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Students express mixed feelings in light of recent on-campus incidents

ORACLE PHOTO/JACKIE BENITEZ

From an armed robbery at IQ Apartments to the arrest of a Moffitt Cancer Center researcher for video voyeurism, several incidents have hit close to home for students over the past week.

With these crimes happening in the direct vicinity of USF, stringing across a few days, students are beginning to take notice, becoming more observant as they walk around the area.

“I’m not going to live my life in fear of these things,” Aaron Richmond, a sophomore majoring in environmental science and policy, said. “It just makes you more vigilant — you think twice.”

Monday evening, four students were held at gunpoint at IQ Apartments by two men. The suspects got away with an unspecified amount of cash and are still at large.

Tuesday, freshman Fatou Gueye reported that she was robbed of her backpack and jewelry by two men near the Interdisciplinary Science Building. However, during police interviews on Wednesday she confessed she “falsely reported the crime and no robbery occurred.” Gueye was arrested and has posted $500 bond.

“Our school was built in a very low-income part of Hillsborough County,” Alex Naum, a sophomore majoring in public health, said. “These robberies and incidents aren’t new to this area.”

Luis A. Froes Jr. was arrested Tuesday for using the camera on his phone to record another person showering at the Campus Recreation Center by holding it under the stall wall. Froes posted $2,000 bail Wednesday.

But not all of these concerns stem from an incident that occurred on or near the USF campus.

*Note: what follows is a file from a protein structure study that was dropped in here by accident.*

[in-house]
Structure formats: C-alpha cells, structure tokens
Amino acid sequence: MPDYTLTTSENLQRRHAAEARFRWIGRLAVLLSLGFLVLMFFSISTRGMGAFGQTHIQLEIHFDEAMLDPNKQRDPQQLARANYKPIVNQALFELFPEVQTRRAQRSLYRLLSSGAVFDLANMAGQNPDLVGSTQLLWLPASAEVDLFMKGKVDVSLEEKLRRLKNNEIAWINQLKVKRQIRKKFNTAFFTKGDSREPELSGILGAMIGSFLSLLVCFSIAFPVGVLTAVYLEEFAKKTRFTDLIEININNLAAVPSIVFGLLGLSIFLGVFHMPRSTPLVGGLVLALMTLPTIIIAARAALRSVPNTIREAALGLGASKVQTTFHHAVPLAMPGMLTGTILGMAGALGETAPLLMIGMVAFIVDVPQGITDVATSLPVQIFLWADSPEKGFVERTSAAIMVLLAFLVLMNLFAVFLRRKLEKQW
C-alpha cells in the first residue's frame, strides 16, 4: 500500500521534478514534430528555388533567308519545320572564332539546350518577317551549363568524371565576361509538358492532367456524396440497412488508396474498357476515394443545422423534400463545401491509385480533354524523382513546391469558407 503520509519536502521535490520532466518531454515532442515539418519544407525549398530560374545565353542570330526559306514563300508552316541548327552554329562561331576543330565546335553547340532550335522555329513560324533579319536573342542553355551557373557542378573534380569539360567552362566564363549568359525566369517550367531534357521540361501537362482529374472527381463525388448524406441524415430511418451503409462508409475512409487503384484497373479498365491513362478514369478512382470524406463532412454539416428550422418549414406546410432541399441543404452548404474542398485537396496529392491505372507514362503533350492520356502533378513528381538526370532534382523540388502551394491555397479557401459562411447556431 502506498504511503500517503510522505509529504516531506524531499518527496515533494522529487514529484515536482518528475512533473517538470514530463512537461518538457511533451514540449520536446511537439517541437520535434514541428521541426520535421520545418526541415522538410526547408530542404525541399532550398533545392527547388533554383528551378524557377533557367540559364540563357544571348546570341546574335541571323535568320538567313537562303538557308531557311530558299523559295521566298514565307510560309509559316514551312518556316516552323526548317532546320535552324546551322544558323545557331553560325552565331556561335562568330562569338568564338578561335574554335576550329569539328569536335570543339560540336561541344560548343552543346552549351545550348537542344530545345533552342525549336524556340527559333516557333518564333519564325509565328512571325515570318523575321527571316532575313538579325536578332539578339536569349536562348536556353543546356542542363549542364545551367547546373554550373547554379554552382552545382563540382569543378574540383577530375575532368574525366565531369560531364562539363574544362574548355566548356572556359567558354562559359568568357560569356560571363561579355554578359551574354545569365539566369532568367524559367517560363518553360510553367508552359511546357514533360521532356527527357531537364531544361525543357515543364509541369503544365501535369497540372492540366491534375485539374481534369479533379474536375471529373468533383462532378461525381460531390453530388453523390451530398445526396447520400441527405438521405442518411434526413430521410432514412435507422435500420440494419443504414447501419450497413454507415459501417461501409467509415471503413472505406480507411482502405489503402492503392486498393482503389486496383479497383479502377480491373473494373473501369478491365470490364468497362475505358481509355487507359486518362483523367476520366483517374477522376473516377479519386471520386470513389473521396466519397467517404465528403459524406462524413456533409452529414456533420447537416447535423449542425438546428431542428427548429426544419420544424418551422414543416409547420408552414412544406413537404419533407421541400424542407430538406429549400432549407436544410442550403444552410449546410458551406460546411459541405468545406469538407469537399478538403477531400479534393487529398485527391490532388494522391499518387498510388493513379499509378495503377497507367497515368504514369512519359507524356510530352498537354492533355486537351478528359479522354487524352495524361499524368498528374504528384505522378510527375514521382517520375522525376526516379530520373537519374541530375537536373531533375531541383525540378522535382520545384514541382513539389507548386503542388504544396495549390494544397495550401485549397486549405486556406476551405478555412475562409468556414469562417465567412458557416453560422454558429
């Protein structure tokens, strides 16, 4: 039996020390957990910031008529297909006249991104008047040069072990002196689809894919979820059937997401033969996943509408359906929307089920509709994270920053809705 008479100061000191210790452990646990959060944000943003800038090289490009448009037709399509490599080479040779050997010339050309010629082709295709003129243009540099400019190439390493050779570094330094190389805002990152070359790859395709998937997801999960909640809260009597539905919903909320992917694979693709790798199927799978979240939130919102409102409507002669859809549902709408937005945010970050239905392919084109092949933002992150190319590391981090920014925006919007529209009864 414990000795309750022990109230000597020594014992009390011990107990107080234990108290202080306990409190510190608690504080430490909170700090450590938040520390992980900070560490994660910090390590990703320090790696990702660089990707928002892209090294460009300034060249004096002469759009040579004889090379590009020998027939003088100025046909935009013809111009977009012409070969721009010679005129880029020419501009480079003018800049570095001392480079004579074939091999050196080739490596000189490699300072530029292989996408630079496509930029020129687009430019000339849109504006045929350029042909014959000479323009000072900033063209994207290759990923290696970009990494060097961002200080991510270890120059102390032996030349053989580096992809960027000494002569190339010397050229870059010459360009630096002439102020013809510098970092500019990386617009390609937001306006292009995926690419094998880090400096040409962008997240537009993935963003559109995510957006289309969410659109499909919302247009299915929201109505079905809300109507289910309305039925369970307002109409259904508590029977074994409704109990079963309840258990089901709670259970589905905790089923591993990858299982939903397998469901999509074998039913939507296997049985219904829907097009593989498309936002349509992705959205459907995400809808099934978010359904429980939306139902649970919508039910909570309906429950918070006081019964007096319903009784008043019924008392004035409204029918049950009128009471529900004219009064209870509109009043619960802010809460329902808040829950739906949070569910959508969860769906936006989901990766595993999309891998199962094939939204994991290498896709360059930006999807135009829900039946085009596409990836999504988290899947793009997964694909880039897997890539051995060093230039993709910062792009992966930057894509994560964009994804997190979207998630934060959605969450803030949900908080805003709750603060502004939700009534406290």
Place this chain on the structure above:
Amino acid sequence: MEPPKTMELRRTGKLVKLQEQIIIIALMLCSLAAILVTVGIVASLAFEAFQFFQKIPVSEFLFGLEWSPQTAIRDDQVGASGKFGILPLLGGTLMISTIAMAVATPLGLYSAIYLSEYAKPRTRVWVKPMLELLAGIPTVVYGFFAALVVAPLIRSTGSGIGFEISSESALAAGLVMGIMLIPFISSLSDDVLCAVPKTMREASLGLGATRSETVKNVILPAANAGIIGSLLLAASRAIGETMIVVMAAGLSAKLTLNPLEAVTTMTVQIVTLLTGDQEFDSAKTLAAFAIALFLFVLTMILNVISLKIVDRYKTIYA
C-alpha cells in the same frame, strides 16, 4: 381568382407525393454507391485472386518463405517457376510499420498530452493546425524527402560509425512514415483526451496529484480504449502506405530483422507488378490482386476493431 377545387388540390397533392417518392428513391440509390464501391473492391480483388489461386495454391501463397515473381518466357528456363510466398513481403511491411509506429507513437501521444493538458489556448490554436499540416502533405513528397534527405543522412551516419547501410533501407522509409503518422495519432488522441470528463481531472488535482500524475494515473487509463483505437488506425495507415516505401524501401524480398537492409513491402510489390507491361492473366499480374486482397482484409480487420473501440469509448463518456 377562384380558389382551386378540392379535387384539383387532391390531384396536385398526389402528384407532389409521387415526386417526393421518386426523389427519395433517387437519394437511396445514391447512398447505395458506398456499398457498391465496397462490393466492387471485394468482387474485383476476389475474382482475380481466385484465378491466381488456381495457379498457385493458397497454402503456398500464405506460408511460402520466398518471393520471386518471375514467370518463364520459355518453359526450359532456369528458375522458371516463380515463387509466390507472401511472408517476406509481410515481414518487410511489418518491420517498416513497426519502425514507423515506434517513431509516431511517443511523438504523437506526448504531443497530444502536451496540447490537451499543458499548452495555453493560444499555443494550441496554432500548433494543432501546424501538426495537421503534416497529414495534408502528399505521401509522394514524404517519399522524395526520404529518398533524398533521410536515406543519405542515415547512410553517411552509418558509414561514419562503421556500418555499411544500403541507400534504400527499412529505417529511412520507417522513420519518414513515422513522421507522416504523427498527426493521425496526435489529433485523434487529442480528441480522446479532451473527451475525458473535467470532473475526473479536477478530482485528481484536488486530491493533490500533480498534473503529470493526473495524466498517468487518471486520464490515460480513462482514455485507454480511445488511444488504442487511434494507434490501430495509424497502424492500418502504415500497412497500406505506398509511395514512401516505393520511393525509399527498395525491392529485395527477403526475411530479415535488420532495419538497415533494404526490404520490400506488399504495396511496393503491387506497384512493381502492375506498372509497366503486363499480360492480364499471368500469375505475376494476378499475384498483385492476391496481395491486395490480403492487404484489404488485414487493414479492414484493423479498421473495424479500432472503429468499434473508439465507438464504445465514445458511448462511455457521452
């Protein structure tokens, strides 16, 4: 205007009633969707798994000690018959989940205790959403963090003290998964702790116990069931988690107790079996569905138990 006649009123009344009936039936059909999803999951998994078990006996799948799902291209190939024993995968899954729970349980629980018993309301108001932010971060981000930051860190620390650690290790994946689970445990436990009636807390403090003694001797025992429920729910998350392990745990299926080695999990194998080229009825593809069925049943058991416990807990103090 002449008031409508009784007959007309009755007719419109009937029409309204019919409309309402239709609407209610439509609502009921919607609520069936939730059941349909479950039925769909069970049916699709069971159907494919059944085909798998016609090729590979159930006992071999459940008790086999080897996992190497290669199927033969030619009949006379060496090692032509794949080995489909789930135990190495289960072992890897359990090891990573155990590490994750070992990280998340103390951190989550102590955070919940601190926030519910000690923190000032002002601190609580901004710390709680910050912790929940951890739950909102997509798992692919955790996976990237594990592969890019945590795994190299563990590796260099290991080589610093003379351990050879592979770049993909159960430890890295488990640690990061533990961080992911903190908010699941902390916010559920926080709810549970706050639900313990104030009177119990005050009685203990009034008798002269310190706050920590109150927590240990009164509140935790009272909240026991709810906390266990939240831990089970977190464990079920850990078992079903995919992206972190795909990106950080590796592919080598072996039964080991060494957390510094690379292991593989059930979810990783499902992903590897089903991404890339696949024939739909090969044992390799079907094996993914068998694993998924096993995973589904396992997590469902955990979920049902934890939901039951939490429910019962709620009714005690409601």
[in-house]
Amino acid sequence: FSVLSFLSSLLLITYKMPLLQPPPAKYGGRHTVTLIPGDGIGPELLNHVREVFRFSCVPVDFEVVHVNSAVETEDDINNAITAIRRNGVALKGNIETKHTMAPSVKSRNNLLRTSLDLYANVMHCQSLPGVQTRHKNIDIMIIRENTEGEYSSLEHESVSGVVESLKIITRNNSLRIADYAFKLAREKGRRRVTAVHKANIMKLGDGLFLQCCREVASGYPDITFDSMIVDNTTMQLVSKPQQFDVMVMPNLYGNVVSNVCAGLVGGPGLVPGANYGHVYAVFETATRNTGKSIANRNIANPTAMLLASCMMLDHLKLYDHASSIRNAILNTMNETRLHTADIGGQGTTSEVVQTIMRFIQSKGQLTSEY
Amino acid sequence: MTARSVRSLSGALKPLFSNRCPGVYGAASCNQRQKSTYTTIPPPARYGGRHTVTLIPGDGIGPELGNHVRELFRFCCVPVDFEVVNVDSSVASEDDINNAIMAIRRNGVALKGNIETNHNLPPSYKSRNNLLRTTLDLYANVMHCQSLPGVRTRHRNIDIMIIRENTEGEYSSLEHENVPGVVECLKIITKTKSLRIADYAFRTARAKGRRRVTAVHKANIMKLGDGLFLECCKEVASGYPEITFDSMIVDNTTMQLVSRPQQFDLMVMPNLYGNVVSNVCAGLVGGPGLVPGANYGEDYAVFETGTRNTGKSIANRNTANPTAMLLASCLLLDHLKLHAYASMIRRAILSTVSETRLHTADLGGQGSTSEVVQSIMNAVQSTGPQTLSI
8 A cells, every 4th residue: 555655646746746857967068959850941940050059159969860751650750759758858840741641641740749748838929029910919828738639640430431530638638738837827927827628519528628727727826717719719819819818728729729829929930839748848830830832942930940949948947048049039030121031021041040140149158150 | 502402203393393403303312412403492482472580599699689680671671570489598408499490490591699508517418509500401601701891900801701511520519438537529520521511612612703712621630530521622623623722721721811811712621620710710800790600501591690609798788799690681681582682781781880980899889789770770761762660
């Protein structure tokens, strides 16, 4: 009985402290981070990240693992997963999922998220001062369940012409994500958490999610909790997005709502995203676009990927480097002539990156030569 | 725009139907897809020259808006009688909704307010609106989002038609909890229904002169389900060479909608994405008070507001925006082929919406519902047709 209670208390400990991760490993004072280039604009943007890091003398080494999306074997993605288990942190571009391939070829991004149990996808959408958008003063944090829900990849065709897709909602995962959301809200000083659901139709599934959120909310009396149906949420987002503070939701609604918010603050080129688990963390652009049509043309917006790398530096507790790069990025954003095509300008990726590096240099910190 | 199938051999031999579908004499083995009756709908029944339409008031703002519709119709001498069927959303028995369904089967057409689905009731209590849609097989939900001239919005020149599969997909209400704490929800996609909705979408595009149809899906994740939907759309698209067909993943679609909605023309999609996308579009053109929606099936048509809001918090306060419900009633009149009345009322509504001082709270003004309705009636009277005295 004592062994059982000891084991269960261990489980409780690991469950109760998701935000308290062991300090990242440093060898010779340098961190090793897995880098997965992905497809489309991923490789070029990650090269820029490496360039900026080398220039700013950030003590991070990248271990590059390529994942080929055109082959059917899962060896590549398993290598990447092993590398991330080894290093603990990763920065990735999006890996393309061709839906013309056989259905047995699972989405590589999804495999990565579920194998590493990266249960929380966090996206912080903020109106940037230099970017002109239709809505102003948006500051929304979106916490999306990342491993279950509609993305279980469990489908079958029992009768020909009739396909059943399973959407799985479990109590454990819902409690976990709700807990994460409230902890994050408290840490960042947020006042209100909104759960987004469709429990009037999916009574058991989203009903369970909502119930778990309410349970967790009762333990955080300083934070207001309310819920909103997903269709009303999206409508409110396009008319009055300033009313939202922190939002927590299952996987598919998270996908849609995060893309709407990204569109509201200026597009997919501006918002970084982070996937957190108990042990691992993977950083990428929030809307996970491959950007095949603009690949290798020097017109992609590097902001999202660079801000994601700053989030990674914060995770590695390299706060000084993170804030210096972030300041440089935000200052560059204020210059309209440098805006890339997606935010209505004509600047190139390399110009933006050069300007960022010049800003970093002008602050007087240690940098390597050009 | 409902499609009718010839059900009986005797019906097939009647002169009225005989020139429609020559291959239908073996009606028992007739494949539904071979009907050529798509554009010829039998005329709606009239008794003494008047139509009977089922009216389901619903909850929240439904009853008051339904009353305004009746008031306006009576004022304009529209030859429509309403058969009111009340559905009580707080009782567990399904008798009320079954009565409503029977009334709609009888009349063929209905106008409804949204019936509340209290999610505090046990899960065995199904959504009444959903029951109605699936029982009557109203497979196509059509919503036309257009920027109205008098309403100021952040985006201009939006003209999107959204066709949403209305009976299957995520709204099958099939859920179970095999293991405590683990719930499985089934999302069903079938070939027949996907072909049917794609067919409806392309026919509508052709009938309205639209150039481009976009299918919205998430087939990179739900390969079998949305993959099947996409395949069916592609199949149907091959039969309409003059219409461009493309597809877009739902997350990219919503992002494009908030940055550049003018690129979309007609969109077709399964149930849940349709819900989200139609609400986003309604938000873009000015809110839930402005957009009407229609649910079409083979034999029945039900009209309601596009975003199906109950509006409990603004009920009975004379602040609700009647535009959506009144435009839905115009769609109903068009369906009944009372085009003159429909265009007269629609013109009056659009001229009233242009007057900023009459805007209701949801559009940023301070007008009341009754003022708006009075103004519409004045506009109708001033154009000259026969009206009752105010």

Herb Maschner, former director of the USF Center for Virtualization and Spatial Technologies, was removed from his position Wednesday and was reassigned after the Tampa Bay Times reported sexual harassment accusations against him when he was working at Idaho State University in October 2013. 

He’s accused of showing a female coworker unwanted attention, forcibly kissing and groping her.

Some students have taken action to personally monitor their security.

“I’m definitely more aware of my surroundings,” Samantha Priest, a sophomore majoring in international business, said. “I always ride my bike and keep pepper spray on my keychain.”

The school offers transportation services such as Safe and Free Escort (SAFE) team, which operates Monday through Sunday from 6:30 p.m. to 2:00 a.m., to help students get to their desired on-campus location. 

“I never took (SAFE) team before,” Dana Samelson, a sophomore majoring in environmental science, said. “But I started to once I was approached by an older man trying to get me into his car — it’s kind of getting out of hand.” 

However, not all students are concerned by these events. 

“I don’t feel any more unsafe than I did prior to hearing this,” Sabrina Valladares, a sophomore majoring in political science, said. “Similar events happen across universities nationwide — it’s good to be cautious.”

Regardless of the reasoning behind these events, students recommend being cautious and aware of surrounding areas while walking.

“The holidays are coming up and people with low incomes are panicking,” Kendal Westphal, a sophomore majoring in environmental science, said. “The important thing to remember is to be aware of your surroundings and make good judgment calls.”